Performing Arts: Dance
December 8, 2015
Lux by Doug Varone capped this program featuring ten choreographers presented by American Dance Guild (ADG) at Alvin Ailey Citigroup Theatre. Alex Springer had the meditative solo at the top of this galvanizing, joyful dance for six that premiered in 2006 with music by Philip Glass. His quiet awareness and masculine sensuality immediately sets you up for a treat. The other dances on the program have their merits, but none can top the kinetic freedom and lightness of being conveyed in this dance. Varone lets the arms of his dancers fly and lift them off the ground. Their heads shimmy, feet hint of tap dance and torsos curve and lengthen amongst pass-by partnering, as performed by a company completely at home in his style.

Catching Dreams choreographed by Adrienne Clancy as set to music by Albert Mathias has somewhat similar energy. Philip Baraoidan was particularly fascinating in this work for six. Molly McSherry danced winningly with Lauren Kravitz in Who Man, as deadpan deadbeats who resist the jive of The Champs, Bo Diddley and The Letterman.

A polar opposite to this merriment, Freedom Isn’t Free set to the music of Jonsi & Alex: Sleeping Giant, dedicated to the Japanese Americans sent to Internment Camps during WWII, was choreographed and performed by Kaoru Ikeda with passionate conviction, a direct appeal that we honor liberty.

Echoes, choreography, performance & costumes by Fadi J Khoury with four other men, music by Shamou is a striking vehicle for the technical proficient Khoury whose inspiration, “DABKE," a line dance from the mountains of Lebanon and Syria, is expanded with his balletic prowess.

Vanessa Knouse and Benny Olk performed the challenging Suite for Two choreographed by Merce Cunningham to the music of John Cage. In stark contrast to the flow of the other pieces, Suite for Two demands stalwart concentration and balance while holding various poses, which these two managed with grim determination.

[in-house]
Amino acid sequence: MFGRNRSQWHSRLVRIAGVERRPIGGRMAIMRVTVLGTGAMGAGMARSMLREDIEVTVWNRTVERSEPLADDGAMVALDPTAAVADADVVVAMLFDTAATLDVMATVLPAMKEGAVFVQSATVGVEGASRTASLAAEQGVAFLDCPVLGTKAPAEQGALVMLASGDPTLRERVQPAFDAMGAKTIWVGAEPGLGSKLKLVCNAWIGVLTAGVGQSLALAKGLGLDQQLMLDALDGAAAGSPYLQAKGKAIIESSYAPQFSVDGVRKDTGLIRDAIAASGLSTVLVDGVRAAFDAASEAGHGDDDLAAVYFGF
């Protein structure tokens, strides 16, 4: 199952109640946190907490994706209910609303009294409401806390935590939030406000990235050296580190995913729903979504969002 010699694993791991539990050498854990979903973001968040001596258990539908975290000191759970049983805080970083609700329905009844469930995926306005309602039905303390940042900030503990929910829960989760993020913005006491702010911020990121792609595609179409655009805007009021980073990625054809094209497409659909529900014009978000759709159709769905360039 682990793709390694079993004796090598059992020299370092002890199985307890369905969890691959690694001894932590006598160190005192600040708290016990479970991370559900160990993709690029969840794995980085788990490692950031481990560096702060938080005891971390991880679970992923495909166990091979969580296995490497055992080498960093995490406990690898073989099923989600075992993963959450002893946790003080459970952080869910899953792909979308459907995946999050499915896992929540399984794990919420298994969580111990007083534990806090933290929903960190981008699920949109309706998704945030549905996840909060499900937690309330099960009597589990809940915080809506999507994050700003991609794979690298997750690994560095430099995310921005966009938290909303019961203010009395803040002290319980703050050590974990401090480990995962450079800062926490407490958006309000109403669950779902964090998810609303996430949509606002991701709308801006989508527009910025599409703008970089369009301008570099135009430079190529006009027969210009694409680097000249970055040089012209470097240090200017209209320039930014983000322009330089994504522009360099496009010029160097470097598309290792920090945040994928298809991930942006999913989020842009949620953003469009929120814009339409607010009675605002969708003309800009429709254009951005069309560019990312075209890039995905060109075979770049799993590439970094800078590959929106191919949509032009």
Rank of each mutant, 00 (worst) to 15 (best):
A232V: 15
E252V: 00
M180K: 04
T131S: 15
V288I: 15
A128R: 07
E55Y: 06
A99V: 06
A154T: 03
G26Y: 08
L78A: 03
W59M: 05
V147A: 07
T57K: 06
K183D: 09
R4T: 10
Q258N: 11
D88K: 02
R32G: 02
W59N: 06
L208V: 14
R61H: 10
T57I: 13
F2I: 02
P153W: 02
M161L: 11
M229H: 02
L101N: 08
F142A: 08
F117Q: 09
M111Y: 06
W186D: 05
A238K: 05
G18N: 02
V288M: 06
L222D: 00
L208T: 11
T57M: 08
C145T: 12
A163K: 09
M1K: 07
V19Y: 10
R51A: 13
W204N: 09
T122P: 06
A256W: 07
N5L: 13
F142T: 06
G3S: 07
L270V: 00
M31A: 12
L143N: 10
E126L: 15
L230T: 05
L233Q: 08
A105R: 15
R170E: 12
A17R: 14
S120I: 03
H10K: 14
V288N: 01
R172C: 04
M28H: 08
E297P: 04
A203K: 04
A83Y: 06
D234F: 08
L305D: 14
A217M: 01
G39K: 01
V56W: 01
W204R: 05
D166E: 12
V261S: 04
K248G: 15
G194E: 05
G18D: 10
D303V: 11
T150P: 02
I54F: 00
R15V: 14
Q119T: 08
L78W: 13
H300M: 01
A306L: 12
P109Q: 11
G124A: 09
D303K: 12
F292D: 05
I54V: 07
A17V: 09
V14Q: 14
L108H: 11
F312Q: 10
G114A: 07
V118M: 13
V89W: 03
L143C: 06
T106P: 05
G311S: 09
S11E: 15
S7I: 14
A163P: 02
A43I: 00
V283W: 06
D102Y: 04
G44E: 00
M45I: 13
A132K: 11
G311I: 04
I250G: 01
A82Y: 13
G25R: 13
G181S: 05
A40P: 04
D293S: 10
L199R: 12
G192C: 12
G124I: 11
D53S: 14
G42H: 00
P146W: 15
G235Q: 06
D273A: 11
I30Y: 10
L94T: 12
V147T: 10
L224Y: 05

Sharing Cunningham’s spatial acuity for design, Sue Bernhard’s Precipice set to music by Evelyn Glennie, as performed by Melissa Brading, Courtney Lopes, and Elisa Schreiber has a similarly graphic clarity and craft.

Erin Dillon’s Projection C opens with a captivating duet in which a man manipulates a woman while we hear the recitation of Wallace Stevens' So and So Reclining on Her Couch, followed by a less enthralling group dance for eight. Tina Croll’s Ancient Springs Revisited opened the program with a confusingly mixed musical bag in a dance for six performers.

Gloria Mclean, president ADG, founded in 1956, opened and closed the evening, one of three programs in this annual, well-attended festival. Varone came onstage to receive a gift of flowers as one of three artists, Liz Lerman and Alice Teirstein, honored by ADG. “Support Dance,” he grinned. “It’s great!”
EYE ON THE ARTS, NY -- Deirdre Towers

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